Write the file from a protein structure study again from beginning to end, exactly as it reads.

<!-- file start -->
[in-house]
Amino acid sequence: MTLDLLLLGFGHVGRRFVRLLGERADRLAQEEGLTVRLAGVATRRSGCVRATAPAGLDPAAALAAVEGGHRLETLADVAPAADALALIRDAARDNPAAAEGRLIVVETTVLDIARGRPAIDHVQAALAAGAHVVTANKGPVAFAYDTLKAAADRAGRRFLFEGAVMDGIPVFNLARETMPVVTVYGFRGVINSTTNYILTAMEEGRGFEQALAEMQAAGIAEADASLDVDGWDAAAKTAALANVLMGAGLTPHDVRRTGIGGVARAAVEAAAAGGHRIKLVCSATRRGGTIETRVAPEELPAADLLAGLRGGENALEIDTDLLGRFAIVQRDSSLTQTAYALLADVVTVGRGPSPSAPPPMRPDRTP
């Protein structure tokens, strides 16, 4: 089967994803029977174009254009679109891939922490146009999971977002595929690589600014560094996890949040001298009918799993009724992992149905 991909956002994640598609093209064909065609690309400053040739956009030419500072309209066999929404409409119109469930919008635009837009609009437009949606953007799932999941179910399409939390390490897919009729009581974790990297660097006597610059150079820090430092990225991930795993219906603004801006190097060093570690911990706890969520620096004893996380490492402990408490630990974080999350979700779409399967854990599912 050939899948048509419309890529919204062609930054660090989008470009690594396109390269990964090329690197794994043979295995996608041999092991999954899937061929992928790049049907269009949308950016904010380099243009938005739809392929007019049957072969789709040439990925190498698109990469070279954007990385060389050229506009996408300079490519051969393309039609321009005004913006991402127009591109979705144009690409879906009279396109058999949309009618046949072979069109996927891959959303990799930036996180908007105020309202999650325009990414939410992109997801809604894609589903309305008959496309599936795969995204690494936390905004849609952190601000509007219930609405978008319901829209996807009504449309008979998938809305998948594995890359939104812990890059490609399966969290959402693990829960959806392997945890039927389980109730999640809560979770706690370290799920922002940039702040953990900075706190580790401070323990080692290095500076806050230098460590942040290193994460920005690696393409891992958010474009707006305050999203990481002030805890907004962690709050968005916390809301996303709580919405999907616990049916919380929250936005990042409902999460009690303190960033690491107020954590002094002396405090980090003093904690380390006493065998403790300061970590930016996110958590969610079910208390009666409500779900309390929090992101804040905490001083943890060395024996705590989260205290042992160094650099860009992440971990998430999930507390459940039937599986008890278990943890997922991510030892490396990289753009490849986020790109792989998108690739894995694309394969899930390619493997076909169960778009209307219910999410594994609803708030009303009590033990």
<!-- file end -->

[in-house]
Amino acid sequence: MTLDLLLLGFGHVGRRFVRLLGERADRLAQEEGLTVRLAGVATRRSGCVRATAPAGLDPAAALAAVEGGHRLETLADVAPAADALALIRDAARDNPAAAEGRLIVVETTVLDIARGRPAIDHVQAALAAGAHVVTANKGPVAFAYDTLKAAADRAGRRFLFEGAVMDGIPVFNLARETMPVVTVYGFRGVINSTTNYILTAMEEGRGFEQALAEMQAAGIAEADASLDVDGWDAAAKTAALANVLMGAGLTPHDVRRTGIGGVARAAVEAAAAGGHRIKLVCSATRRGGTIETRVAPEELPAADLLAGLRGGENALEIDTDLLGRFAIVQRDSSLTQTAYALLADVVTVGRGPSPSAPPPMRPDRTP
């Protein structure tokens, strides 16, 4: 089967994803029977174009254009679109891939922490146009999971977002595929690589600014560094996890949040001298009918799993009724992992149905 991909956002994640598609093209064909065609690309400053040739956009030419500072309209066999929404409409119109469930919008635009837009609009437009949606953007799932999941179910399409939390390490897919009729009581974790990297660097006597610059150079820090430092990225991930795993219906603004801006190097060093570690911990706890969520620096004893996380490492402990408490630990974080999350979700779409399967854990599912 050939899948048509419309890529919204062609930054660090989008470009690594396109390269990964090329690197794994043979295995996608041999092991999954899937061929992928790049049907269009949308950016904010380099243009938005739809392929007019049957072969789709040439990925190498698109990469070279954007990385060389050229506009996408300079490519051969393309039609321009005004913006991402127009591109979705144009690409879906009279396109058999949309009618046949072979069109996927891959959303990799930036996180908007105020309202999650325009990414939410992109997801809604894609589903309305008959496309599936795969995204690494936390905004849609952190601000509007219930609405978008319901829209996807009504449309008979998938809305998948594995890359939104812990890059490609399966969290959402693990829960959806392997945890039927389980109730999640809560979770706690370290799920922002940039702040953990900075706190580790401070323990080692290095500076806050230098460590942040290193994460920005690696393409891992958010474009707006305050999203990481002030805890907004962690709050968005916390809301996303709580919405999907616990049916919380929250936005990042409902999460009690303190960033690491107020954590002094002396405090980090003093904690380390006493065998403790300061970590930016996110958590969610079910208390009666409500779900309390929090992101804040905490001083943890060395024996705590989260205290042992160094650099860009992440971990998430999930507390459940039937599986008890278990943890997922991510030892490396990289753009490849986020790109792989998108690739894995694309394969899930390619493997076909169960778009209307219910999410594994609803708030009303009590033990």